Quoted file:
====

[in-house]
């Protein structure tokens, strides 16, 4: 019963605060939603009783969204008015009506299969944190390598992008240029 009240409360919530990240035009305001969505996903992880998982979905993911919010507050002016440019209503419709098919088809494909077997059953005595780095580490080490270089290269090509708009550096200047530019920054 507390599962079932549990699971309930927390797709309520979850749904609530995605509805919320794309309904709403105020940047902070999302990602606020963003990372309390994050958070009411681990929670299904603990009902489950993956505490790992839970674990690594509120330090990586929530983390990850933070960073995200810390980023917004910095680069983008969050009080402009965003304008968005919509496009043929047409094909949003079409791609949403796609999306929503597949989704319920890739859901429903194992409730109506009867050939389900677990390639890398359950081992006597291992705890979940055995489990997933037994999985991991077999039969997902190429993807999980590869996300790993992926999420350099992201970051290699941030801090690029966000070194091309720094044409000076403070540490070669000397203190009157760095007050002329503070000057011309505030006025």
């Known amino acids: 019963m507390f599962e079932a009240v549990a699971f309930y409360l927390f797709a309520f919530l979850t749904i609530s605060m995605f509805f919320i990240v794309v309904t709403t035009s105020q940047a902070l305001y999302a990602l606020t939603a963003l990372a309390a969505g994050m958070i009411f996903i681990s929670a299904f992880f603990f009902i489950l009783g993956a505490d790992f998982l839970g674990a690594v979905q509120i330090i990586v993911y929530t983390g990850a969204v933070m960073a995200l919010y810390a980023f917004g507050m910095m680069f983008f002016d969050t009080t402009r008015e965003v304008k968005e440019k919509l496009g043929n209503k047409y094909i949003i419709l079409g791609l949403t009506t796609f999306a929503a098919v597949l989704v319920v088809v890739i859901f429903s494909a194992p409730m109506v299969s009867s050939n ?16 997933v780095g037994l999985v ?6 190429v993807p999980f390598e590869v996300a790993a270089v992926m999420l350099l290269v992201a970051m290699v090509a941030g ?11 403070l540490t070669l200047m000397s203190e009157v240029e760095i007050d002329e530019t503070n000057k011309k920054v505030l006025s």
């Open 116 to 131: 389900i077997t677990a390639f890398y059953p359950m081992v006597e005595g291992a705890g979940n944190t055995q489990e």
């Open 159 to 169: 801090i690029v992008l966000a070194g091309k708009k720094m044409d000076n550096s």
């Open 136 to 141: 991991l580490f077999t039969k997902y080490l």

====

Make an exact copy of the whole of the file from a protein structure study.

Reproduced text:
[in-house]
């Protein structure tokens, strides 16, 4: 019963605060939603009783969204008015009506299969944190390598992008240029 009240409360919530990240035009305001969505996903992880998982979905993911919010507050002016440019209503419709098919088809494909077997059953005595780095580490080490270089290269090509708009550096200047530019920054 507390599962079932549990699971309930927390797709309520979850749904609530995605509805919320794309309904709403105020940047902070999302990602606020963003990372309390994050958070009411681990929670299904603990009902489950993956505490790992839970674990690594509120330090990586929530983390990850933070960073995200810390980023917004910095680069983008969050009080402009965003304008968005919509496009043929047409094909949003079409791609949403796609999306929503597949989704319920890739859901429903194992409730109506009867050939389900677990390639890398359950081992006597291992705890979940055995489990997933037994999985991991077999039969997902190429993807999980590869996300790993992926999420350099992201970051290699941030801090690029966000070194091309720094044409000076403070540490070669000397203190009157760095007050002329503070000057011309505030006025």
């Known amino acids: 019963m507390f599962e079932a009240v549990a699971f309930y409360l927390f797709a309520f919530l979850t749904i609530s605060m995605f509805f919320i990240v794309v309904t709403t035009s105020q940047a902070l305001y999302a990602l606020t939603a963003l990372a309390a969505g994050m958070i009411f996903i681990s929670a299904f992880f603990f009902i489950l009783g993956a505490d790992f998982l839970g674990a690594v979905q509120i330090i990586v993911y929530t983390g990850a969204v933070m960073a995200l919010y810390a980023f917004g507050m910095m680069f983008f002016d969050t009080t402009r008015e965003v304008k968005e440019k919509l496009g043929n209503k047409y094909i949003i419709l079409g791609l949403t009506t796609f999306a929503a098919v597949l989704v319920v088809v890739i859901f429903s494909a194992p409730m109506v299969s009867s050939n ?16 997933v780095g037994l999985v ?6 190429v993807p999980f390598e590869v996300a790993a270089v992926m999420l350099l290269v992201a970051m290699v090509a941030g ?11 403070l540490t070669l200047m000397s203190e009157v240029e760095i007050d002329e530019t503070n000057k011309k920054v505030l006025s």
């Open 116 to 131: 389900i077997t677990a390639f890398y059953p359950m081992v006597e005595g291992a705890g979940n944190t055995q489990e």
């Open 159 to 169: 801090i690029v992008l966000a070194g091309k708009k720094m044409d000076n550096s």
């Open 136 to 141: 991991l580490f077999t039969k997902y080490l």